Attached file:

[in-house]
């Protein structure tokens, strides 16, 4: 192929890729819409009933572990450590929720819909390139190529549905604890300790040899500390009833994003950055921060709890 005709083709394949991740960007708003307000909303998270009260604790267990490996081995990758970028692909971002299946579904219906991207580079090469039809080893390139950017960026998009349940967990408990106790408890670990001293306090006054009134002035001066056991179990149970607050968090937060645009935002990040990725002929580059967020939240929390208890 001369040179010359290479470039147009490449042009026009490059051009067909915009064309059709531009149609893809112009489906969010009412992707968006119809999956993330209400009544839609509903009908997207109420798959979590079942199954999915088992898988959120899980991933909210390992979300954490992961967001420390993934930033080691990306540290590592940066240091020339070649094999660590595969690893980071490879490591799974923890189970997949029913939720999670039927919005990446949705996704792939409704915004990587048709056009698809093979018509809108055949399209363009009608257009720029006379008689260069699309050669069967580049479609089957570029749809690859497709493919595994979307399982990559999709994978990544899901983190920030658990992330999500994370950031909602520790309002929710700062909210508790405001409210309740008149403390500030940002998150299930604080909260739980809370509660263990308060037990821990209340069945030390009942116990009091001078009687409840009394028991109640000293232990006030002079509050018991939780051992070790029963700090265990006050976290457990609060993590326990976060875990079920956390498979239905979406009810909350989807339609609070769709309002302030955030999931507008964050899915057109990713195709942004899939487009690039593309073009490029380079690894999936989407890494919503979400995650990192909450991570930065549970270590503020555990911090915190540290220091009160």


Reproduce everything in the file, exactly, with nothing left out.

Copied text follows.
[in-house]
């Protein structure tokens, strides 16, 4: 192929890729819409009933572990450590929720819909390139190529549905604890300790040899500390009833994003950055921060709890 005709083709394949991740960007708003307000909303998270009260604790267990490996081995990758970028692909971002299946579904219906991207580079090469039809080893390139950017960026998009349940967990408990106790408890670990001293306090006054009134002035001066056991179990149970607050968090937060645009935002990040990725002929580059967020939240929390208890 001369040179010359290479470039147009490449042009026009490059051009067909915009064309059709531009149609893809112009489906969010009412992707968006119809999956993330209400009544839609509903009908997207109420798959979590079942199954999915088992898988959120899980991933909210390992979300954490992961967001420390993934930033080691990306540290590592940066240091020339070649094999660590595969690893980071490879490591799974923890189970997949029913939720999670039927919005990446949705996704792939409704915004990587048709056009698809093979018509809108055949399209363009009608257009720029006379008689260069699309050669069967580049479609089957570029749809690859497709493919595994979307399982990559999709994978990544899901983190920030658990992330999500994370950031909602520790309002929710700062909210508790405001409210309740008149403390500030940002998150299930604080909260739980809370509660263990308060037990821990209340069945030390009942116990009091001078009687409840009394028991109640000293232990006030002079509050018991939780051992070790029963700090265990006050976290457990609060993590326990976060875990079920956390498979239905979406009810909350989807339609609070769709309002302030955030999931507008964050899915057109990713195709942004899939487009690039593309073009490029380079690894999936989407890494919503979400995650990192909450991570930065549970270590503020555990911090915190540290220091009160």